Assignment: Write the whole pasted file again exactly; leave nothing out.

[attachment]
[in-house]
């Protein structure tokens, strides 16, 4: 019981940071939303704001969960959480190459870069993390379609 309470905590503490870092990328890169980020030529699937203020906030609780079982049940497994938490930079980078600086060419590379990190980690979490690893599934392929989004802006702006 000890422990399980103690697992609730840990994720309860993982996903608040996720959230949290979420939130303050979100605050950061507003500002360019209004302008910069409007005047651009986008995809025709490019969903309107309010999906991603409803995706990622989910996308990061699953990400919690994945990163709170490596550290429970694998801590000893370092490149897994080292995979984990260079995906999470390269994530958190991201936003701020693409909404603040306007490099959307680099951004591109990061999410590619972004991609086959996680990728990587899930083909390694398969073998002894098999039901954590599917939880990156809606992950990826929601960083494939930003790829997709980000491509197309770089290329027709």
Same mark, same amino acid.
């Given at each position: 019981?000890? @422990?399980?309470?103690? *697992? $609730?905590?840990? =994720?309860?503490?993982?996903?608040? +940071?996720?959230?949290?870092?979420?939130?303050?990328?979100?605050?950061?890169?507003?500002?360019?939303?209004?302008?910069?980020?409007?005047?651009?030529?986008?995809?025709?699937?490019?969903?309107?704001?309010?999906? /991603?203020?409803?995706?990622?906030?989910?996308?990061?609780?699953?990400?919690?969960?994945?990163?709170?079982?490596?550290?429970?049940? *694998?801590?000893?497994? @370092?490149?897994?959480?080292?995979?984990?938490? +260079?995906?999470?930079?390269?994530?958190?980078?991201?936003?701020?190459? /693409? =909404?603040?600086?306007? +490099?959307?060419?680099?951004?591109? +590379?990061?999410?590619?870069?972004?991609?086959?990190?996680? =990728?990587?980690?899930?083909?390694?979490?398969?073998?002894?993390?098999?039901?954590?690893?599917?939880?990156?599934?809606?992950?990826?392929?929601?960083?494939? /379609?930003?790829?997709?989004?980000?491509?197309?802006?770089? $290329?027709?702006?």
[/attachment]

[in-house]
């Protein structure tokens, strides 16, 4: 019981940071939303704001969960959480190459870069993390379609 309470905590503490870092990328890169980020030529699937203020906030609780079982049940497994938490930079980078600086060419590379990190980690979490690893599934392929989004802006702006 000890422990399980103690697992609730840990994720309860993982996903608040996720959230949290979420939130303050979100605050950061507003500002360019209004302008910069409007005047651009986008995809025709490019969903309107309010999906991603409803995706990622989910996308990061699953990400919690994945990163709170490596550290429970694998801590000893370092490149897994080292995979984990260079995906999470390269994530958190991201936003701020693409909404603040306007490099959307680099951004591109990061999410590619972004991609086959996680990728990587899930083909390694398969073998002894098999039901954590599917939880990156809606992950990826929601960083494939930003790829997709980000491509197309770089290329027709």
Same mark, same amino acid.
């Given at each position: 019981?000890? @422990?399980?309470?103690? *697992? $609730?905590?840990? =994720?309860?503490?993982?996903?608040? +940071?996720?959230?949290?870092?979420?939130?303050?990328?979100?605050?950061?890169?507003?500002?360019?939303?209004?302008?910069?980020?409007?005047?651009?030529?986008?995809?025709?699937?490019?969903?309107?704001?309010?999906? /991603?203020?409803?995706?990622?906030?989910?996308?990061?609780?699953?990400?919690?969960?994945?990163?709170?079982?490596?550290?429970?049940? *694998?801590?000893?497994? @370092?490149?897994?959480?080292?995979?984990?938490? +260079?995906?999470?930079?390269?994530?958190?980078?991201?936003?701020?190459? /693409? =909404?603040?600086?306007? +490099?959307?060419?680099?951004?591109? +590379?990061?999410?590619?870069?972004?991609?086959?990190?996680? =990728?990587?980690?899930?083909?390694?979490?398969?073998?002894?993390?098999?039901?954590?690893?599917?939880?990156?599934?809606?992950?990826?392929?929601?960083?494939? /379609?930003?790829?997709?989004?980000?491509?197309?802006?770089? $290329?027709?702006?």